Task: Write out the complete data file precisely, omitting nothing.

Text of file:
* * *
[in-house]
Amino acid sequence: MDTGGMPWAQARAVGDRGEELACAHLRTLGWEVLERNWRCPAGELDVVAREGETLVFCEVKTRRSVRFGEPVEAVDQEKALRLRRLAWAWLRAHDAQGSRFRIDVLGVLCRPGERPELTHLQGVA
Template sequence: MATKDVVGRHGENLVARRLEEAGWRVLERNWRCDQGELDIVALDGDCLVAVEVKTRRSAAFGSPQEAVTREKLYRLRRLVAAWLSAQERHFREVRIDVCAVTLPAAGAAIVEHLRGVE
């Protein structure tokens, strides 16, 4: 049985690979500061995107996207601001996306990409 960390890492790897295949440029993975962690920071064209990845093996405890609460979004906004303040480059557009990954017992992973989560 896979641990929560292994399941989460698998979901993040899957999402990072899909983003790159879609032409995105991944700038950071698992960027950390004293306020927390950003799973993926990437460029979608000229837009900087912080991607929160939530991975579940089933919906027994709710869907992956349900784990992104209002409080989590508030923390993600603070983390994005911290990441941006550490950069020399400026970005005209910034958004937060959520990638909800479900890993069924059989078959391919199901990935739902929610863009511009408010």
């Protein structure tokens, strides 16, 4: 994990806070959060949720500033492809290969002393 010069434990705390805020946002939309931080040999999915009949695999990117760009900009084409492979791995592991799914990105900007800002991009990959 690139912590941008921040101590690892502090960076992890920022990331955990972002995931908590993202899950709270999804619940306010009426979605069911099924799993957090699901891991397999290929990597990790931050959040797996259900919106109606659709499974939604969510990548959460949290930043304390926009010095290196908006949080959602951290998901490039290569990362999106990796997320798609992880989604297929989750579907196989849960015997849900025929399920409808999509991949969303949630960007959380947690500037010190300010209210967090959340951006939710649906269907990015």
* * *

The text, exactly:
[in-house]
Amino acid sequence: MDTGGMPWAQARAVGDRGEELACAHLRTLGWEVLERNWRCPAGELDVVAREGETLVFCEVKTRRSVRFGEPVEAVDQEKALRLRRLAWAWLRAHDAQGSRFRIDVLGVLCRPGERPELTHLQGVA
Template sequence: MATKDVVGRHGENLVARRLEEAGWRVLERNWRCDQGELDIVALDGDCLVAVEVKTRRSAAFGSPQEAVTREKLYRLRRLVAAWLSAQERHFREVRIDVCAVTLPAAGAAIVEHLRGVE
């Protein structure tokens, strides 16, 4: 049985690979500061995107996207601001996306990409 960390890492790897295949440029993975962690920071064209990845093996405890609460979004906004303040480059557009990954017992992973989560 896979641990929560292994399941989460698998979901993040899957999402990072899909983003790159879609032409995105991944700038950071698992960027950390004293306020927390950003799973993926990437460029979608000229837009900087912080991607929160939530991975579940089933919906027994709710869907992956349900784990992104209002409080989590508030923390993600603070983390994005911290990441941006550490950069020399400026970005005209910034958004937060959520990638909800479900890993069924059989078959391919199901990935739902929610863009511009408010």
């Protein structure tokens, strides 16, 4: 994990806070959060949720500033492809290969002393 010069434990705390805020946002939309931080040999999915009949695999990117760009900009084409492979791995592991799914990105900007800002991009990959 690139912590941008921040101590690892502090960076992890920022990331955990972002995931908590993202899950709270999804619940306010009426979605069911099924799993957090699901891991397999290929990597990790931050959040797996259900919106109606659709499974939604969510990548959460949290930043304390926009010095290196908006949080959602951290998901490039290569990362999106990796997320798609992880989604297929989750579907196989849960015997849900025929399920409808999509991949969303949630960007959380947690500037010190300010209210967090959340951006939710649906269907990015």